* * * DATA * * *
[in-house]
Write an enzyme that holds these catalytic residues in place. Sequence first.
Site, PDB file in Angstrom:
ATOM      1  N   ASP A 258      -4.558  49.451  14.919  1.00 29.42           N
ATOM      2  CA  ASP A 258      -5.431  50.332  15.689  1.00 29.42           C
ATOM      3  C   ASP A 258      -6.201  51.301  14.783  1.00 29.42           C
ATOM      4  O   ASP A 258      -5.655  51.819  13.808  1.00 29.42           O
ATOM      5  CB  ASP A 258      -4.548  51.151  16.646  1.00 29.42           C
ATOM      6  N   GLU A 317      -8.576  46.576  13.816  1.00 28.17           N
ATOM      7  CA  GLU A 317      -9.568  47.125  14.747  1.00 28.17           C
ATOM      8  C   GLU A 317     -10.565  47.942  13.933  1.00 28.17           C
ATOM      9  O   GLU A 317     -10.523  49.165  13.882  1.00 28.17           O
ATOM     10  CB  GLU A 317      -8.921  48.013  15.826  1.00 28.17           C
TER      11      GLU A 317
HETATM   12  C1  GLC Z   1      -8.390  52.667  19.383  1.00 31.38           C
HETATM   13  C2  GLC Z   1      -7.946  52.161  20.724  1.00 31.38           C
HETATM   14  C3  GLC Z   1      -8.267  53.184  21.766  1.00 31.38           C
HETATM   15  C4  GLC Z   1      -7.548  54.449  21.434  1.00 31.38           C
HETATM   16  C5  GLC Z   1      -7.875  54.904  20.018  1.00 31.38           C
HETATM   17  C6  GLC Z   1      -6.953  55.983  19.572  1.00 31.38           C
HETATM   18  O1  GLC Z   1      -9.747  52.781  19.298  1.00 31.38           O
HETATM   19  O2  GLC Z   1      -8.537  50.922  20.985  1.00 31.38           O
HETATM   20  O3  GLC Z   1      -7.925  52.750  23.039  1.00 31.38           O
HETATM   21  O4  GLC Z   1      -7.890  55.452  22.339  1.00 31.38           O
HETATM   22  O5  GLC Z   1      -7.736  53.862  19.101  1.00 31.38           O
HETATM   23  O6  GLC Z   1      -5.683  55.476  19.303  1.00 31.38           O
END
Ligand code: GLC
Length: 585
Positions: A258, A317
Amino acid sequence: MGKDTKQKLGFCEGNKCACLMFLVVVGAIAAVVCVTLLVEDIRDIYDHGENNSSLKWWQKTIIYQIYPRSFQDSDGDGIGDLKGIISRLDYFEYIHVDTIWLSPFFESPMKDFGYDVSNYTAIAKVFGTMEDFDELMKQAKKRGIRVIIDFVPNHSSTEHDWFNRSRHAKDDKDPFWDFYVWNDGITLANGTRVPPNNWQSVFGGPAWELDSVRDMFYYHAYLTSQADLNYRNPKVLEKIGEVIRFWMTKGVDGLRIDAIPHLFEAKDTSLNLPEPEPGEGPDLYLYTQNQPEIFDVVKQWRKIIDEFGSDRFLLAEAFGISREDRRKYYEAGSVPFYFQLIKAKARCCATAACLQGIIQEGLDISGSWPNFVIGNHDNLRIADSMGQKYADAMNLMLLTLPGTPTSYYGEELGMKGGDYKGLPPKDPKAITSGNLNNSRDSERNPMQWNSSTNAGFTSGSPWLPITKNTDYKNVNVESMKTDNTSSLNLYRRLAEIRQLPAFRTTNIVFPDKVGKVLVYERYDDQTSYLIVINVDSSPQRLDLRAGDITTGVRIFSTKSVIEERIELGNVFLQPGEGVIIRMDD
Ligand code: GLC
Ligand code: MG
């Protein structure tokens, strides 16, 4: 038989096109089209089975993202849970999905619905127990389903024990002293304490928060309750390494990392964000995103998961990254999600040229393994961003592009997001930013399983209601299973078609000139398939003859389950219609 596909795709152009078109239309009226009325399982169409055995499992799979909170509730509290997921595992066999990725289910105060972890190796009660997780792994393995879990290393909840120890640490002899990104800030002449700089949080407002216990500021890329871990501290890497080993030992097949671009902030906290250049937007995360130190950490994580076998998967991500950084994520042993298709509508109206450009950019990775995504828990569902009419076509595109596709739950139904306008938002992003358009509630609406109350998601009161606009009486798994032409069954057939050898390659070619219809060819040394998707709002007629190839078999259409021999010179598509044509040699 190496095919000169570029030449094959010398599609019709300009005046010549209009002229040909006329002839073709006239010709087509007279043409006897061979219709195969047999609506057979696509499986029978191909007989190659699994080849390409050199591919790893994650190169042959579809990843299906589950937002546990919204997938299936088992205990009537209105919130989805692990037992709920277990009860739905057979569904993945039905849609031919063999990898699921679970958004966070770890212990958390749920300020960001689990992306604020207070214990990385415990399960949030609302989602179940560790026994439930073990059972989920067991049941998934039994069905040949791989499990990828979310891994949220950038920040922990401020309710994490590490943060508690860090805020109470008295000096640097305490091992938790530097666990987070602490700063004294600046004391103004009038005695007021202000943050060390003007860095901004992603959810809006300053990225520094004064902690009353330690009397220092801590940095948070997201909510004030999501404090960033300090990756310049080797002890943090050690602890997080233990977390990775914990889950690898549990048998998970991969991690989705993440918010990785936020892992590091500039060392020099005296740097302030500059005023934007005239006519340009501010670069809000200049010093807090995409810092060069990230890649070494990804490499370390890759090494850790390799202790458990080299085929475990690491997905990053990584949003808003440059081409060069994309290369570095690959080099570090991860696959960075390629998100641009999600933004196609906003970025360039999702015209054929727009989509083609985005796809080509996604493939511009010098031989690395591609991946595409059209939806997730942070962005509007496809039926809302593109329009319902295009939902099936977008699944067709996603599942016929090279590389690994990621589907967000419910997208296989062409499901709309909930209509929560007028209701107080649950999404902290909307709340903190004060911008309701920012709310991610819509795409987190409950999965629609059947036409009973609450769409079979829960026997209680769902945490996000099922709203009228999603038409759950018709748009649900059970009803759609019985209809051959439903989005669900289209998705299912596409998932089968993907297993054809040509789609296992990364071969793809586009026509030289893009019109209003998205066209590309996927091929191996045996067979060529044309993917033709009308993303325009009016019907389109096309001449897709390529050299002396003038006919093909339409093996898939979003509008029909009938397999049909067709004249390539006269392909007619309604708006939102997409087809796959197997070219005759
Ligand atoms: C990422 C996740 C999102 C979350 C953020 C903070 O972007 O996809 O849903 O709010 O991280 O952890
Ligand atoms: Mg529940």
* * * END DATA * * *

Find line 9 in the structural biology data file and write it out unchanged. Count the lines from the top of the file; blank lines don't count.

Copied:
ATOM      6  N   GLU A 317      -8.576  46.576  13.816  1.00 28.17           N